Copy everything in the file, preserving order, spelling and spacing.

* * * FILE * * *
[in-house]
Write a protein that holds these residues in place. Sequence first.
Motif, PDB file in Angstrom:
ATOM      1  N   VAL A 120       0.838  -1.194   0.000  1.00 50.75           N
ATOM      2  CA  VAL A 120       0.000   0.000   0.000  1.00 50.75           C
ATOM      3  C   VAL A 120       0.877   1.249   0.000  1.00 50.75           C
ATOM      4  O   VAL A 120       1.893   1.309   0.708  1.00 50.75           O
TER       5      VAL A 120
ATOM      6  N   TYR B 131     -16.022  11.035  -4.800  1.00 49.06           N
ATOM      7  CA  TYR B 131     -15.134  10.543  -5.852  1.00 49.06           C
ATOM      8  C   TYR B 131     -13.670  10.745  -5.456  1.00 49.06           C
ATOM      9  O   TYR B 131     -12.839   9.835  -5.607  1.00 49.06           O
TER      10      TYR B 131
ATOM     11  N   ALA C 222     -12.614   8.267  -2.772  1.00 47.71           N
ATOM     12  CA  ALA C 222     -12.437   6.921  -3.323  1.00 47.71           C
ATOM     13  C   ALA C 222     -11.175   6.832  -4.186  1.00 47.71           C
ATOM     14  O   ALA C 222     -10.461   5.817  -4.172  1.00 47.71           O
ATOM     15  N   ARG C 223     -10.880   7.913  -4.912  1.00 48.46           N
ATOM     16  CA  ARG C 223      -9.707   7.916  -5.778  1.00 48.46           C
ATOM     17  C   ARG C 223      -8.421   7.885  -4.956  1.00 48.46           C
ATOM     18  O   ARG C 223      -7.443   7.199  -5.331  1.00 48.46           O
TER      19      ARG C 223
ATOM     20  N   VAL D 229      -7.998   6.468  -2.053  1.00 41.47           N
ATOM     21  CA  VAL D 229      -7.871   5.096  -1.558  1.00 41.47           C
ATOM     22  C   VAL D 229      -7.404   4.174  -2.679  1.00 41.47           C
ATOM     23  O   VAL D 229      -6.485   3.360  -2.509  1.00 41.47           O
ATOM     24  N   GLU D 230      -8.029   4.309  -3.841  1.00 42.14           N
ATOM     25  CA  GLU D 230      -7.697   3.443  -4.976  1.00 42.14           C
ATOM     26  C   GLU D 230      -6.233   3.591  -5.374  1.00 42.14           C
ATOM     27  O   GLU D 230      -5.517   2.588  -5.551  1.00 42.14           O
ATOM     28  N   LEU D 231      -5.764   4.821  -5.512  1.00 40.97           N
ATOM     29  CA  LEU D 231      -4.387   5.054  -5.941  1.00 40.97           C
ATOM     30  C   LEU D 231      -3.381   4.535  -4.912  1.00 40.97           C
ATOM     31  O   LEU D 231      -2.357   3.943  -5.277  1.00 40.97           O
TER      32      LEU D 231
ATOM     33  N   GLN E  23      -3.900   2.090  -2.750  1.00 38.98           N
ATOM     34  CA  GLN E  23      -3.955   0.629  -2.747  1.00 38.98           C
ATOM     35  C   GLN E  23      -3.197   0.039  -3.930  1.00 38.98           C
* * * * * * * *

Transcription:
[in-house]
Write a protein that holds these residues in place. Sequence first.
Motif, PDB file in Angstrom:
ATOM      1  N   VAL A 120       0.838  -1.194   0.000  1.00 50.75           N
ATOM      2  CA  VAL A 120       0.000   0.000   0.000  1.00 50.75           C
ATOM      3  C   VAL A 120       0.877   1.249   0.000  1.00 50.75           C
ATOM      4  O   VAL A 120       1.893   1.309   0.708  1.00 50.75           O
TER       5      VAL A 120
ATOM      6  N   TYR B 131     -16.022  11.035  -4.800  1.00 49.06           N
ATOM      7  CA  TYR B 131     -15.134  10.543  -5.852  1.00 49.06           C
ATOM      8  C   TYR B 131     -13.670  10.745  -5.456  1.00 49.06           C
ATOM      9  O   TYR B 131     -12.839   9.835  -5.607  1.00 49.06           O
TER      10      TYR B 131
ATOM     11  N   ALA C 222     -12.614   8.267  -2.772  1.00 47.71           N
ATOM     12  CA  ALA C 222     -12.437   6.921  -3.323  1.00 47.71           C
ATOM     13  C   ALA C 222     -11.175   6.832  -4.186  1.00 47.71           C
ATOM     14  O   ALA C 222     -10.461   5.817  -4.172  1.00 47.71           O
ATOM     15  N   ARG C 223     -10.880   7.913  -4.912  1.00 48.46           N
ATOM     16  CA  ARG C 223      -9.707   7.916  -5.778  1.00 48.46           C
ATOM     17  C   ARG C 223      -8.421   7.885  -4.956  1.00 48.46           C
ATOM     18  O   ARG C 223      -7.443   7.199  -5.331  1.00 48.46           O
TER      19      ARG C 223
ATOM     20  N   VAL D 229      -7.998   6.468  -2.053  1.00 41.47           N
ATOM     21  CA  VAL D 229      -7.871   5.096  -1.558  1.00 41.47           C
ATOM     22  C   VAL D 229      -7.404   4.174  -2.679  1.00 41.47           C
ATOM     23  O   VAL D 229      -6.485   3.360  -2.509  1.00 41.47           O
ATOM     24  N   GLU D 230      -8.029   4.309  -3.841  1.00 42.14           N
ATOM     25  CA  GLU D 230      -7.697   3.443  -4.976  1.00 42.14           C
ATOM     26  C   GLU D 230      -6.233   3.591  -5.374  1.00 42.14           C
ATOM     27  O   GLU D 230      -5.517   2.588  -5.551  1.00 42.14           O
ATOM     28  N   LEU D 231      -5.764   4.821  -5.512  1.00 40.97           N
ATOM     29  CA  LEU D 231      -4.387   5.054  -5.941  1.00 40.97           C
ATOM     30  C   LEU D 231      -3.381   4.535  -4.912  1.00 40.97           C
ATOM     31  O   LEU D 231      -2.357   3.943  -5.277  1.00 40.97           O
TER      32      LEU D 231
ATOM     33  N   GLN E  23      -3.900   2.090  -2.750  1.00 38.98           N
ATOM     34  CA  GLN E  23      -3.955   0.629  -2.747  1.00 38.98           C
ATOM     35  C   GLN E  23      -3.197   0.039  -3.930  1.00 38.98           C